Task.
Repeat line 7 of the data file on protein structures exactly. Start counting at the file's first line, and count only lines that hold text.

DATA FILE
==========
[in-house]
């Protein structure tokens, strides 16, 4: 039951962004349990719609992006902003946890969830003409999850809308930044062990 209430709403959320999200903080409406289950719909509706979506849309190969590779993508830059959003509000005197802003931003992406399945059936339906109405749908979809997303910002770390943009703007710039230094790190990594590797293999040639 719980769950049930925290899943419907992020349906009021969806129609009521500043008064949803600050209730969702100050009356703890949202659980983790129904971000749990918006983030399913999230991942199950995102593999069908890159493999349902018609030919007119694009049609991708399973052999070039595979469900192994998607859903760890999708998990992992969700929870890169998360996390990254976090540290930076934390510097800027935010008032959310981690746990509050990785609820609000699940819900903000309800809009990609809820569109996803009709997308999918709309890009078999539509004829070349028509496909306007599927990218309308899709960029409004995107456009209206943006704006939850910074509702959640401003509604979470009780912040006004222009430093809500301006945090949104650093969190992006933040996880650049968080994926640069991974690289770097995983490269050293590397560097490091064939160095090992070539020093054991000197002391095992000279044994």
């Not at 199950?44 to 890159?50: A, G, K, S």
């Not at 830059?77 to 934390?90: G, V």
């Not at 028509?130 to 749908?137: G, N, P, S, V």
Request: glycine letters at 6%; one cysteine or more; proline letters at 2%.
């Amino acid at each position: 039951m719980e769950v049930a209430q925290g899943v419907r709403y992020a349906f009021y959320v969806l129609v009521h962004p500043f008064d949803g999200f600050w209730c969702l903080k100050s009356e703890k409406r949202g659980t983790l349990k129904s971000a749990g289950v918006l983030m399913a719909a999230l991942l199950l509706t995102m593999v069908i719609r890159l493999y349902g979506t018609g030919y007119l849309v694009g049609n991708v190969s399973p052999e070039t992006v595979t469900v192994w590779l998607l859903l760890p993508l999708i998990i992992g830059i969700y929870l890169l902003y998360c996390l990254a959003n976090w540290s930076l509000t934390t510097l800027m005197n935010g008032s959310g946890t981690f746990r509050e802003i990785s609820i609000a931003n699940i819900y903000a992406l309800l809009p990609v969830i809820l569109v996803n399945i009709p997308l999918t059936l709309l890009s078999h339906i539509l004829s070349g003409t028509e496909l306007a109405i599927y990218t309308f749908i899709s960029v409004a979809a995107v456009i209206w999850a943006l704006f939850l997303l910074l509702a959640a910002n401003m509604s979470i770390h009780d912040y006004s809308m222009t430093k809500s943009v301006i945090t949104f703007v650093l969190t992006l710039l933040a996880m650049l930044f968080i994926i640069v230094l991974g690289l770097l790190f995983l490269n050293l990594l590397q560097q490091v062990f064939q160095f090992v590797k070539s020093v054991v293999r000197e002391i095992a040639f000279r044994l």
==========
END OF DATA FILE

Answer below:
């Amino acid at each position: 039951m719980e769950v049930a209430q925290g899943v419907r709403y992020a349906f009021y959320v969806l129609v009521h962004p500043f008064d949803g999200f600050w209730c969702l903080k100050s009356e703890k409406r949202g659980t983790l349990k129904s971000a749990g289950v918006l983030m399913a719909a999230l991942l199950l509706t995102m593999v069908i719609r890159l493999y349902g979506t018609g030919y007119l849309v694009g049609n991708v190969s399973p052999e070039t992006v595979t469900v192994w590779l998607l859903l760890p993508l999708i998990i992992g830059i969700y929870l890169l902003y998360c996390l990254a959003n976090w540290s930076l509000t934390t510097l800027m005197n935010g008032s959310g946890t981690f746990r509050e802003i990785s609820i609000a931003n699940i819900y903000a992406l309800l809009p990609v969830i809820l569109v996803n399945i009709p997308l999918t059936l709309l890009s078999h339906i539509l004829s070349g003409t028509e496909l306007a109405i599927y990218t309308f749908i899709s960029v409004a979809a995107v456009i209206w999850a943006l704006f939850l997303l910074l509702a959640a910002n401003m509604s979470i770390h009780d912040y006004s809308m222009t430093k809500s943009v301006i945090t949104f703007v650093l969190t992006l710039l933040a996880m650049l930044f968080i994926i640069v230094l991974g690289l770097l790190f995983l490269n050293l990594l590397q560097q490091v062990f064939q160095f090992v590797k070539s020093v054991v293999r000197e002391i095992a040639f000279r044994l």